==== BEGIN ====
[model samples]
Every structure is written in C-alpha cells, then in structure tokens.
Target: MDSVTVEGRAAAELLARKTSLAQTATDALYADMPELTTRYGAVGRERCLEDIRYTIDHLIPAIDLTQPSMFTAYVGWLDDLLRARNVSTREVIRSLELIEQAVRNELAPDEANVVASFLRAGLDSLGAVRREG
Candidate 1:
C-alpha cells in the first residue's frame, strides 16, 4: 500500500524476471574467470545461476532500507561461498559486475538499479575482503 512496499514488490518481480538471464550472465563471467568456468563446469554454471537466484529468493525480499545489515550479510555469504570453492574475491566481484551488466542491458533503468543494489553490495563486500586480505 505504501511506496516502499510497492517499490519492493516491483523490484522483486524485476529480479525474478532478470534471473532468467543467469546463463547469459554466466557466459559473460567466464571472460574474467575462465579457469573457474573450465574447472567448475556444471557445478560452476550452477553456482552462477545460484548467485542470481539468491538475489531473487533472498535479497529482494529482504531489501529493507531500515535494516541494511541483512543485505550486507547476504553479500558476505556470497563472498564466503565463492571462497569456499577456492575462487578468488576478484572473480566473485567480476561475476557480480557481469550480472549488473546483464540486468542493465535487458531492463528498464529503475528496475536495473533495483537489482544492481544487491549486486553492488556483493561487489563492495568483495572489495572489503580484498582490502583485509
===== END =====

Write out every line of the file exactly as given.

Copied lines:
[model samples]
Every structure is written in C-alpha cells, then in structure tokens.
Target: MDSVTVEGRAAAELLARKTSLAQTATDALYADMPELTTRYGAVGRERCLEDIRYTIDHLIPAIDLTQPSMFTAYVGWLDDLLRARNVSTREVIRSLELIEQAVRNELAPDEANVVASFLRAGLDSLGAVRREG
Candidate 1:
C-alpha cells in the first residue's frame, strides 16, 4: 500500500524476471574467470545461476532500507561461498559486475538499479575482503 512496499514488490518481480538471464550472465563471467568456468563446469554454471537466484529468493525480499545489515550479510555469504570453492574475491566481484551488466542491458533503468543494489553490495563486500586480505 505504501511506496516502499510497492517499490519492493516491483523490484522483486524485476529480479525474478532478470534471473532468467543467469546463463547469459554466466557466459559473460567466464571472460574474467575462465579457469573457474573450465574447472567448475556444471557445478560452476550452477553456482552462477545460484548467485542470481539468491538475489531473487533472498535479497529482494529482504531489501529493507531500515535494516541494511541483512543485505550486507547476504553479500558476505556470497563472498564466503565463492571462497569456499577456492575462487578468488576478484572473480566473485567480476561475476557480480557481469550480472549488473546483464540486468542493465535487458531492463528498464529503475528496475536495473533495483537489482544492481544487491549486486553492488556483493561487489563492495568483495572489495572489503580484498582490502583485509